Investing into the future- Ending AIDS through eliminating new HIV infections among children in Zimbabwe
03 August 2012
Madziva- Anoziva and Anotida Chikonyora are one-year old identical twins, born to a discordant couple (in which one person is HIV positive and the other is not) in Centenary, about 120 kilometres north of the capital of Harare. Smiling in the comforting hands of their parents, the twins have both tested negative for HIV - thanks to the government supported elimination of new HIV infections among children.
“We are grateful for the support that our community is receiving to prevent mother-to-child transmission. I also believe people should not be made dependent on long-term donations and subsistence, they should be empowered to establish their own projects,” said Innocent Chikonyora the father of the twins.
Elizabeth Tafira a friend of the Chikonyora family has a similar story. Their friendship dates back to the early 1990s when she was diagnosed with HIV and joined a support group for people living with HIV. According to Tafira much has changed since those days.
She said, “In the 1990s when I discovered my status there was little hope, treatment was very inaccessible, there was a lot of stigma and discrimination and delivering a baby was not an option for me.” She reckons lack of information as well as professional and community support stops women living with HIV from accessing services. “I was a little hesitant in the past to consider the options that became available for delivering babies without transmitting HIV,” confessed Elizabeth.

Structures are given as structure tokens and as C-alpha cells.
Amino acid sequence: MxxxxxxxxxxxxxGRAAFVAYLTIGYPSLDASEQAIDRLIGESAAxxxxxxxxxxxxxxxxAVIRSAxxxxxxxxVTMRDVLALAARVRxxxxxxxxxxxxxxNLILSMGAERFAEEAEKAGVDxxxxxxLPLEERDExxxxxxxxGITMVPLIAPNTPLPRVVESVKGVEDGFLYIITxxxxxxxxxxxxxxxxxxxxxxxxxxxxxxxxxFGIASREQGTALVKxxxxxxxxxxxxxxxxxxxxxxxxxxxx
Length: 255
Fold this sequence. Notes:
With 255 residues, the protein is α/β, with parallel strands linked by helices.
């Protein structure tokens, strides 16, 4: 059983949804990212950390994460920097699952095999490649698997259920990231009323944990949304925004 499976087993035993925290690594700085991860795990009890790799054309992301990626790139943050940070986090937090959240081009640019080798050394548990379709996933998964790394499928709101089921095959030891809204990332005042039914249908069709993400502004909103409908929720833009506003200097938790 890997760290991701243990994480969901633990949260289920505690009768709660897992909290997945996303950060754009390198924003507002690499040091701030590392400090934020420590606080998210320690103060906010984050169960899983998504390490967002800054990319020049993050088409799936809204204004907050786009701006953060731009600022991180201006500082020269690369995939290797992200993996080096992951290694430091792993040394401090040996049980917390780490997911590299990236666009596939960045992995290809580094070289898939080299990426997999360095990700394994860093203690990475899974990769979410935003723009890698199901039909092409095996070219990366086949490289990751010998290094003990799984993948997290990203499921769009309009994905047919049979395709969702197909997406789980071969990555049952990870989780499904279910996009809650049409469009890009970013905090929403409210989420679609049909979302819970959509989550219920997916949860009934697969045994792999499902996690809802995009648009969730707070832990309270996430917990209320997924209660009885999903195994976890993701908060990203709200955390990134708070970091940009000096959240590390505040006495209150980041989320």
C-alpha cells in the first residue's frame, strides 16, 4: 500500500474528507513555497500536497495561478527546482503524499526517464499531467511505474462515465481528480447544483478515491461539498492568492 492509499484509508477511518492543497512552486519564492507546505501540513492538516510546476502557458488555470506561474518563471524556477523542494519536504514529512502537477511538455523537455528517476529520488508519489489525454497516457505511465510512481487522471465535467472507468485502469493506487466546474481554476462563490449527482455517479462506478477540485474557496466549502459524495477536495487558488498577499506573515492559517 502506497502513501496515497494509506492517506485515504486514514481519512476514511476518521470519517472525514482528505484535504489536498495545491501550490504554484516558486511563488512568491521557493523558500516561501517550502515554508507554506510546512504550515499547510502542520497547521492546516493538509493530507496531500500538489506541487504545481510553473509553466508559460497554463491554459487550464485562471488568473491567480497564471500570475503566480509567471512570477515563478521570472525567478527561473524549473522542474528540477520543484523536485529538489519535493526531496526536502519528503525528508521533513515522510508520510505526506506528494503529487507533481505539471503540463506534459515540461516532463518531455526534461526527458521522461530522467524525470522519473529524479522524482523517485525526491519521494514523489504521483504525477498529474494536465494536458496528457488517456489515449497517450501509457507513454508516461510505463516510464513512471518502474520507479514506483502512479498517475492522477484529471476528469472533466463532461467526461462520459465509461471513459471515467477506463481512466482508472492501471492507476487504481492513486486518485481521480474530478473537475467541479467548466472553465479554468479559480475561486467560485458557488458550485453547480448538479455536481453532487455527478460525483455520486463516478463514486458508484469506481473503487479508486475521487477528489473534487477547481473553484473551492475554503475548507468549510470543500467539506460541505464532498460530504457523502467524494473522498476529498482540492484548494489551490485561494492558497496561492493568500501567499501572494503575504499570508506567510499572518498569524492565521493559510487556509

Elizabeth recently had a baby girl, Anashe, and is anxiously waiting for the results of the HIV test for her child. She enrolled in the government’s prevention of mother- to-child transmission of HIV (PMTCT) programme and is confident that the test will be negative and after the results she intends to visit the nearby health institution to speak to the some of medical staff who advised her against having a baby. “I want to show them that an HIV positive women can indeed have HIV negative babies.”
Zimbabwe’s government through the Ministry of Health and Child Welfare (MoHCW) and the National AIDS Council (NAC) is working with various partners at the community level to provide a broad range of HIV services.
The Zimbabwe National AIDS Strategic Plan II (2011-2015) prioritises PMTCT and aims to reduce the rate of mother to child transmission from 14% in 2010 to 7% in 2013 and less than 5% by 2015.
Chief Chiveso of Mashonaland Central Province in Zimbabwe says, despite the encouraging results, government authorities, communities and development partners should accelerate their efforts to reach more mothers with quality services.
“My people are no longer afraid of being tested. What we do not yet have are adequate services for HIV testing and counselling, CD4 count, TB screening and testing,” highlighted Chief Chiveso.
Information, education and behaviour change communication are also key elements of this effort, stressed the chief who added, “Home deliveries remain a challenge in addressing new infections in children.”
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